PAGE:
You probably have little chance of winning if you don't have physical proof that gives absoultely no doubt the damage was there before you moved in. The landlord may or may not also have that kind of proof that is required and in small claims cases when it's one persons word against another sometimes the case is dismissed, other times the judgement is for the plantiff.
It's not going to be like Judge Judy on TV where both parties get to argue back and forth and are given all the time they want to speak etc. If it gets to the court date the proceeding is going to be very cut and dry. The whole thing in front of the judge might take 3 minutes until he/she makes a decision.
This could really go several ways. And it depends what the damage is and what it truly cost the landlord to repair it. $950 to repair a wood floor doesn't sound right to me. You left some information out that is important to know.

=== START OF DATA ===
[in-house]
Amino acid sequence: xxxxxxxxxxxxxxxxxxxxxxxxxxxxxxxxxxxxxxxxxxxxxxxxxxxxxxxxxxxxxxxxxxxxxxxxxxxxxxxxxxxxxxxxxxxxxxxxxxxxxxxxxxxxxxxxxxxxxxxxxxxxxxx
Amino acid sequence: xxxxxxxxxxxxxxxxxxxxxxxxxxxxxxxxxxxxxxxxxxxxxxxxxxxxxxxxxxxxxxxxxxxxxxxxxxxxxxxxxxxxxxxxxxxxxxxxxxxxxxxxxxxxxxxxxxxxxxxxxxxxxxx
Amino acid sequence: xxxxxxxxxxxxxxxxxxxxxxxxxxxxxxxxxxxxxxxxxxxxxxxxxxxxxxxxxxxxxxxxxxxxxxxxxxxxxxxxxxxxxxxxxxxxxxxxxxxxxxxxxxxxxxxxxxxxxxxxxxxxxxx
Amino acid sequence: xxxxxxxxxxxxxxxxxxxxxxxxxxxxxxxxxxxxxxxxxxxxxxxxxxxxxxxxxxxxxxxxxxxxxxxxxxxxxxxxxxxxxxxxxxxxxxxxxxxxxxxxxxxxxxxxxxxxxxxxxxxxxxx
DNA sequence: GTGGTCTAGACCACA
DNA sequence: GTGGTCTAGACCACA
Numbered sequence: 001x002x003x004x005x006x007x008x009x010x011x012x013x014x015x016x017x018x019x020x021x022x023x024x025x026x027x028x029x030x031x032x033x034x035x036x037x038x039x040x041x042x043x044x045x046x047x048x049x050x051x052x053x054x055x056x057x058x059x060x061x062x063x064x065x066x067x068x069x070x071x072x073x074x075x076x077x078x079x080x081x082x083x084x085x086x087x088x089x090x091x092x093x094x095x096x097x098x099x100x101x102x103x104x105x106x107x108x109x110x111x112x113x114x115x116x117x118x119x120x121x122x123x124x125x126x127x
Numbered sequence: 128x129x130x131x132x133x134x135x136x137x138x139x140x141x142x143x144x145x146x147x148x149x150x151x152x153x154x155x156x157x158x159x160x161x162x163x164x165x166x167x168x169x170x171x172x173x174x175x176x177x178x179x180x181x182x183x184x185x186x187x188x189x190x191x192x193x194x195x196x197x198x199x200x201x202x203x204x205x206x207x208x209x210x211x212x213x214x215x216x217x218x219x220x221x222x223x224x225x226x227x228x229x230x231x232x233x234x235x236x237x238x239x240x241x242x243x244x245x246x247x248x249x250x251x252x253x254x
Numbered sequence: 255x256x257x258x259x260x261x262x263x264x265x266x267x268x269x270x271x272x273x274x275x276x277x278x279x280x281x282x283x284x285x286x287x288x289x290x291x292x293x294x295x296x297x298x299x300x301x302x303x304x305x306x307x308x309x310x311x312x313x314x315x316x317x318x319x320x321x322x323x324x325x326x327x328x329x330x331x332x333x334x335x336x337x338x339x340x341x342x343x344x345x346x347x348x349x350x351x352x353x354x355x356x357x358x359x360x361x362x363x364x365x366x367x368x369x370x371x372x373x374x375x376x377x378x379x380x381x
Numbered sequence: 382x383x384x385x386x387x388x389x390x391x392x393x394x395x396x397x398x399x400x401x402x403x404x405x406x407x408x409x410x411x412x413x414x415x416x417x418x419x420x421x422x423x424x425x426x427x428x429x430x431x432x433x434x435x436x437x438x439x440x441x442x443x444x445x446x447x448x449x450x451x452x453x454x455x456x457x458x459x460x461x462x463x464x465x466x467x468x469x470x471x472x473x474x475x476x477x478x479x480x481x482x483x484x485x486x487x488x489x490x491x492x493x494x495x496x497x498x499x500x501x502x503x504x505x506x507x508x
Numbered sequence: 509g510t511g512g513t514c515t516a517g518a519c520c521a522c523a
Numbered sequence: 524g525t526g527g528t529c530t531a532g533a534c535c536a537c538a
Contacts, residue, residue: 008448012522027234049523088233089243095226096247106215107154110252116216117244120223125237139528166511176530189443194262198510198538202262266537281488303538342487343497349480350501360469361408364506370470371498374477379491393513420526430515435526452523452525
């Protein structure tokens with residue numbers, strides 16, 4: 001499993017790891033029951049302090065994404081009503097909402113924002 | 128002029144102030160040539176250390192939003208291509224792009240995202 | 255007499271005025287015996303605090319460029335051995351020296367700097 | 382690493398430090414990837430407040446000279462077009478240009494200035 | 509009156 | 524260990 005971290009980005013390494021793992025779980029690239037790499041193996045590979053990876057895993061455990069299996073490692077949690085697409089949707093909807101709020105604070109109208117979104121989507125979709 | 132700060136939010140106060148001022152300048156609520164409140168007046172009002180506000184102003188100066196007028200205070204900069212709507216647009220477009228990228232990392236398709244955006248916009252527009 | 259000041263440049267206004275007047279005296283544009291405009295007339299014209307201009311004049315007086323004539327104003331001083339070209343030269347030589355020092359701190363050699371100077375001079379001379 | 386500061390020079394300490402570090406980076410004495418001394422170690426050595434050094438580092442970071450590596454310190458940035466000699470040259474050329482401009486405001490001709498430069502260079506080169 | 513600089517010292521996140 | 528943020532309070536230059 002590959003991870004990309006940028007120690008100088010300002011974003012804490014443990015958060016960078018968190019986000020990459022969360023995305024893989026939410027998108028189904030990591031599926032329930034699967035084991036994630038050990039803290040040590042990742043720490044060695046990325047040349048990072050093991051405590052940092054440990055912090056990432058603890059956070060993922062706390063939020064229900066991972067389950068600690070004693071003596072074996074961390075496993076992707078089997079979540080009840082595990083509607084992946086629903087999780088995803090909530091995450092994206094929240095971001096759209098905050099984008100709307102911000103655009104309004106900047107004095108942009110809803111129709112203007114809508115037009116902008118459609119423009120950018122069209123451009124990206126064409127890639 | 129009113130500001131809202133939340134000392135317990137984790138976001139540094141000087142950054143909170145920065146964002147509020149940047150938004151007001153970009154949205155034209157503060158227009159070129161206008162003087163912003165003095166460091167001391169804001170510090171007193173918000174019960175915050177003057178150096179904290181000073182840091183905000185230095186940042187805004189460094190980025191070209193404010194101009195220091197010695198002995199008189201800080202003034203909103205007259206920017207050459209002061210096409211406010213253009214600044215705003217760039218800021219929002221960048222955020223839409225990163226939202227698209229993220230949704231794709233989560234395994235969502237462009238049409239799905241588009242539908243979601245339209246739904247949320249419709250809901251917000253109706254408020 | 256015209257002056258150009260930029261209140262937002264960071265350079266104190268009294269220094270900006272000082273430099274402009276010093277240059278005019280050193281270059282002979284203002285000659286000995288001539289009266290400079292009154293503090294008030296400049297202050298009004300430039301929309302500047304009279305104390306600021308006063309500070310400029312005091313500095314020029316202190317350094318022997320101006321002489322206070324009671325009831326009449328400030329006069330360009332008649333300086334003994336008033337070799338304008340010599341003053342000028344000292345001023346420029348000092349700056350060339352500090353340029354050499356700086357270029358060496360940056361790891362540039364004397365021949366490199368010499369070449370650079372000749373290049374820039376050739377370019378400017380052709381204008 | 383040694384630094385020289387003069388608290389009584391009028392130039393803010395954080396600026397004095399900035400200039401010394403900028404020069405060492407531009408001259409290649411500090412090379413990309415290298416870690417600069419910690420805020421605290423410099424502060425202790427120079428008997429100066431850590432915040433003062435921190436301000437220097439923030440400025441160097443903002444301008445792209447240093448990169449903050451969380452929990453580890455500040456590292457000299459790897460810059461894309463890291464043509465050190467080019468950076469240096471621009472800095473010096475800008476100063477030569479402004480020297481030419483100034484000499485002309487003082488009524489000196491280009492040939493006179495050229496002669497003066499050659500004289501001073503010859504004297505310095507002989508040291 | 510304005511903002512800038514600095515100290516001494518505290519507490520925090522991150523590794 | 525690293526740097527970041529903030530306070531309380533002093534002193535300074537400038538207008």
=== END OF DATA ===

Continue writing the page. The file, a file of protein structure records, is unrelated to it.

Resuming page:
How big was the floor?
Was it the entire floor that was damaged or just an area of it?
Was the entire floor repaired or just the damaged section?
What exactly was the damage?
What was done to repair the floor?
Who did the repairs? A contractor or did the landlord do it them self?
The judge isn't going to be interested in hearing either side's story they will have mutliple cases to get through. They want proof; photos, receipts, witness statements.
What I suggest is, this sucks especially if you're not at fault but having a small claims against you can show up on a credit report or background check, is work something out with the landlord and pay him payments toward it. If he/she accepts you being willing to do that and avoid going to court (which is likely - taking it to court is costly) then try to negotiate the price. If they want $950 offer a total of $700 in $50 to $100 payments.
If they accept a payment plan or a lower payment get a receipt, that is settling it out of court. Then they can't take you to court.
It's accepting fault for something you may not be at fault for but if if this does go to court and you lose it's going to be in the way of you getting in to other homes later. Keeping it out of court avoids all of that headache for you even if you're not at fault and it costs you money. If you make this landlord happy you possibly have a good reference for future rentals and other things.